Bulb know-how - Carolina Country

Bulb know-how

  • Autumn to early winter is the time to plant daffodils, crocus, tulips, hyacinths and other spring-blooming bulbs. Wait until the soil temperature at the planting depth has fallen below 60 degrees. In general, October is recommended for Zone 6 and November to early December in Zones 7–8. However, bulbs can be planted any time before the ground freezes hard and soil can still be worked. Depending on the species and variety, bulbs need a cold period of 6 to 20 weeks. Choose firm, healthy bulbs. If you can't plant them right away, keep them in a cool location (50–65 degrees F) until planting.
  • The hardiness of dahlias, gladiolus, cannas and elephant ears varies, and gardeners are often undecided about whether to leave them in the ground or to lift bulbs and store them for replanting in spring. Survival depends on many factors: the average minimum winter temperatures in your area, the severity of a given winter, the degree of shelter in your garden, and the species or cultivar. Bulbs are ranked from the most tender (injured below 68 degrees F) to the hardiest (injured below 5 degrees F). The USDA Plant Hardiness Zone Map delineates three growing zones for North Carolina (6, 7 and 8). Cannas may remain in the ground, mulched, in Zones 7 and 8. Lift rhizomes in Zone 6 after first frost. Glads and elephant ears are usually safe within Zones 7 and 8, but again, conditions vary. If in doubt, lift and store.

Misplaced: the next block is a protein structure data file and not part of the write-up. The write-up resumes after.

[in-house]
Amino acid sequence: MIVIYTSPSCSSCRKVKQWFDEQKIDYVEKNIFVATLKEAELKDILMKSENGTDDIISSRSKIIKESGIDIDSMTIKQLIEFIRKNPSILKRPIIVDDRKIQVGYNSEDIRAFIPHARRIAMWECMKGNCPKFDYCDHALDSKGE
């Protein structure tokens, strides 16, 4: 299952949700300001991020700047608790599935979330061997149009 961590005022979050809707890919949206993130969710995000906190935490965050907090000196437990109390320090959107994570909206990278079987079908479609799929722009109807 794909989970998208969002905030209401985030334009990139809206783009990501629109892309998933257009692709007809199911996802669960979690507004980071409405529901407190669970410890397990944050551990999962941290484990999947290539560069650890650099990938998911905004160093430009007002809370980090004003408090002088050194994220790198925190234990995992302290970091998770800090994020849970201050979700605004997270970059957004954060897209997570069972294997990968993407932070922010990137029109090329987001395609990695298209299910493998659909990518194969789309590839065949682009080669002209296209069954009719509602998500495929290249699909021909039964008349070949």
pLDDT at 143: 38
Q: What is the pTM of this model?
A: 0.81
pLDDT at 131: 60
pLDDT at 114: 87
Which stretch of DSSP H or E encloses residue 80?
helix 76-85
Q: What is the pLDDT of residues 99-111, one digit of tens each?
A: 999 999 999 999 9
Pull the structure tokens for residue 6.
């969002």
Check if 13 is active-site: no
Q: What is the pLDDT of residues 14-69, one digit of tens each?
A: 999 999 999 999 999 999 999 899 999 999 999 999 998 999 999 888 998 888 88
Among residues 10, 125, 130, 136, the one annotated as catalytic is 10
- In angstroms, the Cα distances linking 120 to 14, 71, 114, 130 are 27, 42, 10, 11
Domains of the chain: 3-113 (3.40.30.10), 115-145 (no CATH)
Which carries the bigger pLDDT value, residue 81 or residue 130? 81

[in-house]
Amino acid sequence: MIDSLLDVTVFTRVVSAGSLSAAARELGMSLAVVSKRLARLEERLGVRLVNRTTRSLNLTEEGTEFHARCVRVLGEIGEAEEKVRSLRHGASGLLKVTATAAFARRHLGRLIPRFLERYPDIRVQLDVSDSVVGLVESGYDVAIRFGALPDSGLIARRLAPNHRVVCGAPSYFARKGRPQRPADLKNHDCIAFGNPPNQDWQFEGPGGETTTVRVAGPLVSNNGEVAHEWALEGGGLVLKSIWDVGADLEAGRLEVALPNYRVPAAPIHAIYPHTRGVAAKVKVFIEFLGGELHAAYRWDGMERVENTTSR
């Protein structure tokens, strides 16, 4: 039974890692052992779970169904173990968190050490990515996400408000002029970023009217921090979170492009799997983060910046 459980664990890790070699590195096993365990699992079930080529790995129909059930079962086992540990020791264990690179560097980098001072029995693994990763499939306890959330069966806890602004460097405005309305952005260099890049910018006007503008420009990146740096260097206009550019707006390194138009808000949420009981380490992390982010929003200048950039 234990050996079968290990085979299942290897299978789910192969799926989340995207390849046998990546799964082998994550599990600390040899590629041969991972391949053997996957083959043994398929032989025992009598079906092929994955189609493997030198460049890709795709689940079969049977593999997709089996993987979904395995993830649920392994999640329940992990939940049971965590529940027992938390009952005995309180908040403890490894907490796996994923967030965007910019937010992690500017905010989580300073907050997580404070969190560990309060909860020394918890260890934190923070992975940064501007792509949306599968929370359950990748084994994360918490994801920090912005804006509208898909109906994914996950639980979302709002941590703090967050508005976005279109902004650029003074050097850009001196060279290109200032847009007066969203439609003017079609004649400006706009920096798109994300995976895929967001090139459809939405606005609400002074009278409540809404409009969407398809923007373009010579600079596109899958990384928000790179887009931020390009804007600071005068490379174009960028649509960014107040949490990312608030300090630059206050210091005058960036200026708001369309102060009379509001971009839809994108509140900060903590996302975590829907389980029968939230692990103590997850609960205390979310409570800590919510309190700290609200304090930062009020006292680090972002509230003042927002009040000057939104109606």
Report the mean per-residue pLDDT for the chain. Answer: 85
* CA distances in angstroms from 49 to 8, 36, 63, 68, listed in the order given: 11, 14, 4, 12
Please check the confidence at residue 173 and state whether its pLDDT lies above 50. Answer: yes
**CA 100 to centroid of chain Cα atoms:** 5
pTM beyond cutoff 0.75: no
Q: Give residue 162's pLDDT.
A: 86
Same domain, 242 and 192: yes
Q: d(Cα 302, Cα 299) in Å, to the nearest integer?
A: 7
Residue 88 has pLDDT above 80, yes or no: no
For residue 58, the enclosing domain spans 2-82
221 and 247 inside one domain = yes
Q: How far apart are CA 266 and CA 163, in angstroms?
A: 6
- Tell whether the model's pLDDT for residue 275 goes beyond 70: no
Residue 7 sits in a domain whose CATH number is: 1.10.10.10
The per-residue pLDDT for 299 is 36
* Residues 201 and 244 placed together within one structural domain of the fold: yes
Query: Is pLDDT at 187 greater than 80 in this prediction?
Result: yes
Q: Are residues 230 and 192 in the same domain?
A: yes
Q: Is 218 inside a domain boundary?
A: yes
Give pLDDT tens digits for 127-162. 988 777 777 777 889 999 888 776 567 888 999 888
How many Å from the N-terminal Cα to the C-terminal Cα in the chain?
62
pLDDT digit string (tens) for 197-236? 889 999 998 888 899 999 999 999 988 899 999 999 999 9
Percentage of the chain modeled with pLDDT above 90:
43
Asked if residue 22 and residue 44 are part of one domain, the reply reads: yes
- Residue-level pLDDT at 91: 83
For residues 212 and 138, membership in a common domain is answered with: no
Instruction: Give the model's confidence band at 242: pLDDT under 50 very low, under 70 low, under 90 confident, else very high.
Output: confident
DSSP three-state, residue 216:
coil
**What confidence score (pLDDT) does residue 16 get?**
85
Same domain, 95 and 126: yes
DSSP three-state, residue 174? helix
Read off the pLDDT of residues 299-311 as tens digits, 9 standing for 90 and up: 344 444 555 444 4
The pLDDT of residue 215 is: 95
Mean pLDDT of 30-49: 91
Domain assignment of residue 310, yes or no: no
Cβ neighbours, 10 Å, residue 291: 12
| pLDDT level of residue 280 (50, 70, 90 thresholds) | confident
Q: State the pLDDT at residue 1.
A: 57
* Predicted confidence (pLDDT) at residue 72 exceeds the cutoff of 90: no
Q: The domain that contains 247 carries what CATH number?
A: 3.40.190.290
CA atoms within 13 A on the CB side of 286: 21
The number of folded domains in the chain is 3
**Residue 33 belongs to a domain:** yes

• Tired of planting hybrid tulips again and again? Try species tulips, which are true perennials that multiply rapidly. The cheery flowers are available in an array of solid or bicolor shades; they are starlike or cup-shaped, and a single stem often bears several flowers. Most varieties are shorter in stature than hybrids. Plant your bulbs when the ground has cooled to about 60 degrees, usually by November or December.
  • Plant garlic from mid-September through November, depending on your location (on the earliest side of the range in the western parts of the state). Garlic needs adequate time for roots to develop before winter and about a 2-month cold period for robust bulbs to form in spring. Spring planting is least optimal.

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